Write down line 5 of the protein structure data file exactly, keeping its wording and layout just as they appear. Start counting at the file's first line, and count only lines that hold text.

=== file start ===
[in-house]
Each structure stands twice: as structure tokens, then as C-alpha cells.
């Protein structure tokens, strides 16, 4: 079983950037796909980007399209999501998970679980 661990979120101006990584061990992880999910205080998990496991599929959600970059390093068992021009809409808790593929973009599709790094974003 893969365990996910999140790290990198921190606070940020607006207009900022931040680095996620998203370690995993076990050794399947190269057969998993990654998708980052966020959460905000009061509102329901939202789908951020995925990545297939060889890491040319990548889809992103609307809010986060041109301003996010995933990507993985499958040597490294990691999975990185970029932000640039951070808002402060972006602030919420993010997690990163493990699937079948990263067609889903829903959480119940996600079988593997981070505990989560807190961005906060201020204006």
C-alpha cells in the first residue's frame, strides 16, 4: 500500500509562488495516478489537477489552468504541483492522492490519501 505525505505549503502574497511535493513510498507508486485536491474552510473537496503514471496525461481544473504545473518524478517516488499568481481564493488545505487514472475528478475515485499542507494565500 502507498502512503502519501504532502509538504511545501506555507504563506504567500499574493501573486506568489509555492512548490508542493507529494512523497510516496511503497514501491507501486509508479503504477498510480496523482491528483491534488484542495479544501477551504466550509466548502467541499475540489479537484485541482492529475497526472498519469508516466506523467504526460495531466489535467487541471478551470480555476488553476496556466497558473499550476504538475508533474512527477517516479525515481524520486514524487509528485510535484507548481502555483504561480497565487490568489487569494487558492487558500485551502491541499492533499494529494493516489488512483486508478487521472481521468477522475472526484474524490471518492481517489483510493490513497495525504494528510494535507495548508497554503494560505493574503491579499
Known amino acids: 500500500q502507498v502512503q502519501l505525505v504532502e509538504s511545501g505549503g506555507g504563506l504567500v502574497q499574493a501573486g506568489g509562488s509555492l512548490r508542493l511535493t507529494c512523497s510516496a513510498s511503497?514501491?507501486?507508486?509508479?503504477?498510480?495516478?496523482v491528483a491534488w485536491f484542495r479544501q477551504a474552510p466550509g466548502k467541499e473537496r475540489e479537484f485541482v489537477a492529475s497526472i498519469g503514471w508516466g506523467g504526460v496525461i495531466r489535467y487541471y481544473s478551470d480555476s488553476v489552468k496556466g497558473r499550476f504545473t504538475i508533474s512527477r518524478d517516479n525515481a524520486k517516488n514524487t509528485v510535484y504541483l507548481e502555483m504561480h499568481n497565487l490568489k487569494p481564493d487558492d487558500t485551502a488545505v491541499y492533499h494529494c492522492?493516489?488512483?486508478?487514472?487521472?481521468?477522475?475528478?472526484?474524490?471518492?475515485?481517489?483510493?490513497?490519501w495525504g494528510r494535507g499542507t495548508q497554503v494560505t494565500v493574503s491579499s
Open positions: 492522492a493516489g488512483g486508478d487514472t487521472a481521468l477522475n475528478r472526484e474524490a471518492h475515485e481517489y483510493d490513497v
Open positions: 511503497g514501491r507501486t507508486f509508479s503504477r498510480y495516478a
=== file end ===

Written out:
Known amino acids: 500500500q502507498v502512503q502519501l505525505v504532502e509538504s511545501g505549503g506555507g504563506l504567500v502574497q499574493a501573486g506568489g509562488s509555492l512548490r508542493l511535493t507529494c512523497s510516496a513510498s511503497?514501491?507501486?507508486?509508479?503504477?498510480?495516478?496523482v491528483a491534488w485536491f484542495r479544501q477551504a474552510p466550509g466548502k467541499e473537496r475540489e479537484f485541482v489537477a492529475s497526472i498519469g503514471w508516466g506523467g504526460v496525461i495531466r489535467y487541471y481544473s478551470d480555476s488553476v489552468k496556466g497558473r499550476f504545473t504538475i508533474s512527477r518524478d517516479n525515481a524520486k517516488n514524487t509528485v510535484y504541483l507548481e502555483m504561480h499568481n497565487l490568489k487569494p481564493d487558492d487558500t485551502a488545505v491541499y492533499h494529494c492522492?493516489?488512483?486508478?487514472?487521472?481521468?477522475?475528478?472526484?474524490?471518492?475515485?481517489?483510493?490513497?490519501w495525504g494528510r494535507g499542507t495548508q497554503v494560505t494565500v493574503s491579499s